{export flag}

Other references : CWE:327, CWE:326, CWE:753, CWE:803, CWE:720

Nessus ID : 26928

These three error messages pretty much mean that you need to turn off SSL 2.0 due to exploits that were found after the standard was created. You need to turn off any encryption suites lower than 128bits. The third error message says we need to turn off anything for less than 56bits, but this will be accomplished by turning of anything less than 128bits. Basically your are modifying the settings that restrict the use of specific protocols and ciphers that are used by the schannel.dll. More detailed information can be found at Micorsoft’s KB187498 or KB245030

How do we do this?

Disabling SSL 2.0 on IIS 6

  1. Open up “regedit” from the command line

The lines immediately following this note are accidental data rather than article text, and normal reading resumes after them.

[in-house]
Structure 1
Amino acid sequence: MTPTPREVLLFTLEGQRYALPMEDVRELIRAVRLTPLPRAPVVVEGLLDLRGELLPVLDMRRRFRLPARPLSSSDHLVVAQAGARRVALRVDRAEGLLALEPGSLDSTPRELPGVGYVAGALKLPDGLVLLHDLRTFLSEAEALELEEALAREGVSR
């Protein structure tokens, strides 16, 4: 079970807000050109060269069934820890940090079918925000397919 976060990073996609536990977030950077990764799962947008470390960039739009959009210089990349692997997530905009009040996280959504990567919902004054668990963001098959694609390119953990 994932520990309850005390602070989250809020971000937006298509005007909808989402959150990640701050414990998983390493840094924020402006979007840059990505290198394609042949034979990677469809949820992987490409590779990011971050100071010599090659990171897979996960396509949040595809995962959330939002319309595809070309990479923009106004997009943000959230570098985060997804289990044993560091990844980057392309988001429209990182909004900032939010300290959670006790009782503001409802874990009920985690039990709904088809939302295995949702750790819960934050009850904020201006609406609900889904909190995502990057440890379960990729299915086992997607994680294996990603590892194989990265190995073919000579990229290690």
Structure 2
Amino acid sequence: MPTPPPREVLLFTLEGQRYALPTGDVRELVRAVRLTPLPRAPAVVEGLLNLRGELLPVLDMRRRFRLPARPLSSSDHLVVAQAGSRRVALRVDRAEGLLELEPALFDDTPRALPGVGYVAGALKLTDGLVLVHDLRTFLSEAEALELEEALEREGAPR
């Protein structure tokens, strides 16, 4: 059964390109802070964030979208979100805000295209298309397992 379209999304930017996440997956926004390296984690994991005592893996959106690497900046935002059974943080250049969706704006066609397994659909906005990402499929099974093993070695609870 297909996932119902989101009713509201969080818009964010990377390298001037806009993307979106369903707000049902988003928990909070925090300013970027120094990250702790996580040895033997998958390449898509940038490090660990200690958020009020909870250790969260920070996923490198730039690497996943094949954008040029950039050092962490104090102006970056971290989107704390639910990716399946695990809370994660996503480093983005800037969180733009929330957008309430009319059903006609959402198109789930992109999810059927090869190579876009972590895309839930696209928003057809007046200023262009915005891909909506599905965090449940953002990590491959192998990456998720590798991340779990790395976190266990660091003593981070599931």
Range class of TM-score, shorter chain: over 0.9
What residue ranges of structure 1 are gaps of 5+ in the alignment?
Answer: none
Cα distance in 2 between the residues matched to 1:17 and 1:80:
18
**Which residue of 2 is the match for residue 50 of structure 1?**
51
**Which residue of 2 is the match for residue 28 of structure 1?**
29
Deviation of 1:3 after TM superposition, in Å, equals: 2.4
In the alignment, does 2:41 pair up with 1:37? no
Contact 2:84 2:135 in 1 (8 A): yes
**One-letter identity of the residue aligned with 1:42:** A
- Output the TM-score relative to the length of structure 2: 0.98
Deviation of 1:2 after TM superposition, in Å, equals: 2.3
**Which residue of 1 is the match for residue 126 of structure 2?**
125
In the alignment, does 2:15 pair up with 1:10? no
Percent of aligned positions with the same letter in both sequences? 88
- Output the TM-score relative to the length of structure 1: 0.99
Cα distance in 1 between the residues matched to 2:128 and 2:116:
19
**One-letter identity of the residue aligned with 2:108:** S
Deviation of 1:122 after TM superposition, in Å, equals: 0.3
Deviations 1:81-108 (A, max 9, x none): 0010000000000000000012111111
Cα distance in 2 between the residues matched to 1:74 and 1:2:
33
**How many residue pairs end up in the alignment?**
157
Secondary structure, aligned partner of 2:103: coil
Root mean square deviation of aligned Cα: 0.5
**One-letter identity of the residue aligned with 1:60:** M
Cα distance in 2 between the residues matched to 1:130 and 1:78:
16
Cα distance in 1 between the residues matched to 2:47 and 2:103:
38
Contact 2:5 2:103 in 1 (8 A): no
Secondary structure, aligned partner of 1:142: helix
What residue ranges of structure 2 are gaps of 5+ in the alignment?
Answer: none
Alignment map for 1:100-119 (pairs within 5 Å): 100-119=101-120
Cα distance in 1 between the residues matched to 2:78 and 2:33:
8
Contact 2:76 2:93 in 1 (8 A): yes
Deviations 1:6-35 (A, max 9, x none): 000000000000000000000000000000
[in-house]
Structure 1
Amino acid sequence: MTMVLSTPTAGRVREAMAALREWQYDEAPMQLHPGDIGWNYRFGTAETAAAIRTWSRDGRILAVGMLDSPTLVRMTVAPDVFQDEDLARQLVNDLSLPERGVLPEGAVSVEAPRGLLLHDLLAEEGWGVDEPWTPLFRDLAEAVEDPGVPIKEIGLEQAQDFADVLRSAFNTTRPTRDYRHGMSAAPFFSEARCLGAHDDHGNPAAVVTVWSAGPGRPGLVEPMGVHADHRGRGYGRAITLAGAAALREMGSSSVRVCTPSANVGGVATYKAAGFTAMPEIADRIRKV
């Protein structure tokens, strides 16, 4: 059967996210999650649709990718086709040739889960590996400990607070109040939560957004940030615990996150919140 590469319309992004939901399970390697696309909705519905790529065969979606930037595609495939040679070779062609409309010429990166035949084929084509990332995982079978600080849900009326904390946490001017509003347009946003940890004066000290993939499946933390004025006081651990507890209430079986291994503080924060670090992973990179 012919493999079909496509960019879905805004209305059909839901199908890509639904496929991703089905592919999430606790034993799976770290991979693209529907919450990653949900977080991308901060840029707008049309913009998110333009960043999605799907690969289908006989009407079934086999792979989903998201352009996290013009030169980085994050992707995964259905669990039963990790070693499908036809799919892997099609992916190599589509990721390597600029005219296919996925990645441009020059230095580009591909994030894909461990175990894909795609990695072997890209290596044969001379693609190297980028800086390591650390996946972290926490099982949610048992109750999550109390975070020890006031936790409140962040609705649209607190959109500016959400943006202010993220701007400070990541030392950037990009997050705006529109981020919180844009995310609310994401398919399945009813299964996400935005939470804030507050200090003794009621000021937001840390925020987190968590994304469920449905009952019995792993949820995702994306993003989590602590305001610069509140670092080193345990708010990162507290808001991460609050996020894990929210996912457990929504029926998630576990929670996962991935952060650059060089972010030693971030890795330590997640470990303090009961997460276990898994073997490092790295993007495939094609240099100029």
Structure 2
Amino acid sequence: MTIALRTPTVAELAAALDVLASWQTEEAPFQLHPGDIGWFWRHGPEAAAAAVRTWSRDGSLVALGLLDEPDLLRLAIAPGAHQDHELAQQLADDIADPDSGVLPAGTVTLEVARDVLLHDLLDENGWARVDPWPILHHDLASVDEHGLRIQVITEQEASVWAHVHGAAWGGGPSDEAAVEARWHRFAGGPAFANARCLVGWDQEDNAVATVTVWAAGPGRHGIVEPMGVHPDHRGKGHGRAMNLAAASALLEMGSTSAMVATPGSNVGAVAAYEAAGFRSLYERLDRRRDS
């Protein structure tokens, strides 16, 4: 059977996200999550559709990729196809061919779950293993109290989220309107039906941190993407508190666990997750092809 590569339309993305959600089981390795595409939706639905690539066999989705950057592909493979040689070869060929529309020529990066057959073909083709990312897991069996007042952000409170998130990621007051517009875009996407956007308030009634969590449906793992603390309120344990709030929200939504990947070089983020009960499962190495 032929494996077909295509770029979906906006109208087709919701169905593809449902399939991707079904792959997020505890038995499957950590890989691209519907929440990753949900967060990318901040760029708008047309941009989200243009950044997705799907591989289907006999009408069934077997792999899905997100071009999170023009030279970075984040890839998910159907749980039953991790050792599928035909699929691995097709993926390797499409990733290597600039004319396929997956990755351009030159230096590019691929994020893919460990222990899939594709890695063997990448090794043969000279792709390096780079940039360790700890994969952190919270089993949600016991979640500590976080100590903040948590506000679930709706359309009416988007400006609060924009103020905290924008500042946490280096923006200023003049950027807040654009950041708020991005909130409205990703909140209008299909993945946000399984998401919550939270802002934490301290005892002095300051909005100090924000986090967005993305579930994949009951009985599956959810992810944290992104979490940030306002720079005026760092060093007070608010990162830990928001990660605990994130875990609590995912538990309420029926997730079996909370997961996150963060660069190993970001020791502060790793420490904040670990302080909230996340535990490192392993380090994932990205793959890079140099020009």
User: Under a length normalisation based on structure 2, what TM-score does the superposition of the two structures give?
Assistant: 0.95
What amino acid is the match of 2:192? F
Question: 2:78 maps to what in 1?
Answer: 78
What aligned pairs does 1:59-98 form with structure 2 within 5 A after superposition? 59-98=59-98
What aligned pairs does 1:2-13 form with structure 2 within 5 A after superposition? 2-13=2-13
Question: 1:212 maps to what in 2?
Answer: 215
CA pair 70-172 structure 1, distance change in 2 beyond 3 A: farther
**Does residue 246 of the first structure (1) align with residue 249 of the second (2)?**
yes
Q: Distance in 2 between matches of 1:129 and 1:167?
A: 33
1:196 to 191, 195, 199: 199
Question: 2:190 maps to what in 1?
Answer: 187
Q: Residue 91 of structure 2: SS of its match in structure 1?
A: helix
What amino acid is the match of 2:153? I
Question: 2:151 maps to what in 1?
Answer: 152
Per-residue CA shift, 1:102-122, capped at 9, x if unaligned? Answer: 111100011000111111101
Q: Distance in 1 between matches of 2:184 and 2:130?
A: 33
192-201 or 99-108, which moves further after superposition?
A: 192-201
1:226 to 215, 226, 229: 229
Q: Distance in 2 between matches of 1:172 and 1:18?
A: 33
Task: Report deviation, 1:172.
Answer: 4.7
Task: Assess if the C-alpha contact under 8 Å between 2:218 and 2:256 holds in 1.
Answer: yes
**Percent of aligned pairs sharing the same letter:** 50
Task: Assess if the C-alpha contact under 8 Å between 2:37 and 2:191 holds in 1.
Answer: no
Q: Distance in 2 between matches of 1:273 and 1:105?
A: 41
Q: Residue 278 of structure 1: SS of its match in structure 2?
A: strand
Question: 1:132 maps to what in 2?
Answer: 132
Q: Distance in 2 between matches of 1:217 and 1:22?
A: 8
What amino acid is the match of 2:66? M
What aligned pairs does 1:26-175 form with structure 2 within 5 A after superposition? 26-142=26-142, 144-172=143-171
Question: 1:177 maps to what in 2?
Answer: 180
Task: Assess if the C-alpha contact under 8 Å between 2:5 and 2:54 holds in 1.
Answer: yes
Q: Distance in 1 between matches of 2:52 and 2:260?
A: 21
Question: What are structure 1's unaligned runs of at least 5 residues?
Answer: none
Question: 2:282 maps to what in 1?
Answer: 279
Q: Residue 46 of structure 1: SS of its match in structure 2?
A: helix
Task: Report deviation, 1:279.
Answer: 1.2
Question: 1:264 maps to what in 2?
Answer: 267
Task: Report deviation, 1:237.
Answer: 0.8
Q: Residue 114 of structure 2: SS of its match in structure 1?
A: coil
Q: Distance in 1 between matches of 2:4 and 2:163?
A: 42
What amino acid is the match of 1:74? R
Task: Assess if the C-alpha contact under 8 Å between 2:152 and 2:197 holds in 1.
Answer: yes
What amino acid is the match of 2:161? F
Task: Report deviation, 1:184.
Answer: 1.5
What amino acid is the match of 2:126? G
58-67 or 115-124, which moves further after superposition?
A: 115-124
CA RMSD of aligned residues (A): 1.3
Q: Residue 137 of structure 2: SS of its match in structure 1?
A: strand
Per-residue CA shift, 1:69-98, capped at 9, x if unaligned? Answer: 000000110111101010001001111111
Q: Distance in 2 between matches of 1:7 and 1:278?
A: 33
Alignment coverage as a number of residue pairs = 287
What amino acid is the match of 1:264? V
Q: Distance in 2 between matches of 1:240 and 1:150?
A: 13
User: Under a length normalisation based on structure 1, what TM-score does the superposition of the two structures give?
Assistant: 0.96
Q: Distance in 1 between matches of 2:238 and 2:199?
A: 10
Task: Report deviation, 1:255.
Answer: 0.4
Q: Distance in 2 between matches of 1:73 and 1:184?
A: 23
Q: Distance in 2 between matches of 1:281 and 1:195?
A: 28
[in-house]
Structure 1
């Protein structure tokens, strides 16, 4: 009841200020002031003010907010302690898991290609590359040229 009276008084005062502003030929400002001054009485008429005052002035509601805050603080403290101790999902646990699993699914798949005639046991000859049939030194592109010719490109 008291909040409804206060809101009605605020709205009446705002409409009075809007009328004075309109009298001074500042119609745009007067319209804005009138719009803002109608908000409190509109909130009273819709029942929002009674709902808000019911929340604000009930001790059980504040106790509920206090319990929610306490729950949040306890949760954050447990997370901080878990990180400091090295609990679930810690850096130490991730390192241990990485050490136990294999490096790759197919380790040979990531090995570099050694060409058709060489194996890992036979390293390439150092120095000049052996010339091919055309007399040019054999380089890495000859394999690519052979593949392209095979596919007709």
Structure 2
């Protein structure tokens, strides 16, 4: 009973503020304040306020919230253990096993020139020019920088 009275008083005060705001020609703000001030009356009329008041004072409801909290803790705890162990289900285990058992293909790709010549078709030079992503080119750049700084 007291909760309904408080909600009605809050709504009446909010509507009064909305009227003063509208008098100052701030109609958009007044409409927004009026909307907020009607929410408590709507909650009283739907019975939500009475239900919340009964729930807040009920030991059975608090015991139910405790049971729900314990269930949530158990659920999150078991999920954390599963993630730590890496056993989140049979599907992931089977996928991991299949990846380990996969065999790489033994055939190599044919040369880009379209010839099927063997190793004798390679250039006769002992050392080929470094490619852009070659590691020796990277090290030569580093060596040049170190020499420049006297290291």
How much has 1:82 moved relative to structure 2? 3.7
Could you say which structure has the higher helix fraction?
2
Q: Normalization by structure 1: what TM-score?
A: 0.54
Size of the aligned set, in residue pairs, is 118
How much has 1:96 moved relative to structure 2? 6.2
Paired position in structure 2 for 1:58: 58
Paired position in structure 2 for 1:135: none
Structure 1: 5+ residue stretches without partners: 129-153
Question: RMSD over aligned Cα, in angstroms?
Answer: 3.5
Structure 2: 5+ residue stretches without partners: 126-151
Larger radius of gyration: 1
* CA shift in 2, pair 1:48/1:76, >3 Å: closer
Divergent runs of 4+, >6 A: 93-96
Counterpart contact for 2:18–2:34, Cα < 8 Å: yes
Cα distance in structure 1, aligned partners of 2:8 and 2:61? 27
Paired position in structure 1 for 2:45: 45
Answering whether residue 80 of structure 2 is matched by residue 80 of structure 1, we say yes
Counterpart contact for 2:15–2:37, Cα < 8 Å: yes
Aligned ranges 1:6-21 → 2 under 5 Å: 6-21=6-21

2. Browse to the following key:
    HKLM\SYSTEM\CurrentControlSet\Control\SecurityProviders\SCHANNEL\Protocols\SSL 2.0\Server
  3. Create a new REG_DWORD called “Enabled” and set the value to 0
  4. You will need to restart the computer for this change to take effect. (you can wait on this if you also need to disable the ciphers)

Disable unsecure encryption ciphers less than 128bit

  1. Open up “regedit” from the command line
  2. Browse to the following key:
    HKLM\SYSTEM\CurrentControlSet\Control\SecurityProviders\SCHANNEL\Ciphers\DES 56/56
  3. Create a new REG_DWORD called “Enabled” and set the value to 0
  4. Browse to the following key:
    HKLM\SYSTEM\CurrentControlSet\Control\SecurityProviders\SCHANNEL\Ciphers\RC2 40/128
  5. Create a new REG_DWORD called “Enabled” and set the value to 0
  6. Browse to the following key:
    HKLM\SYSTEM\CurrentControlSet\Control\SecurityProviders\SCHANNEL\Ciphers\RC4 40/128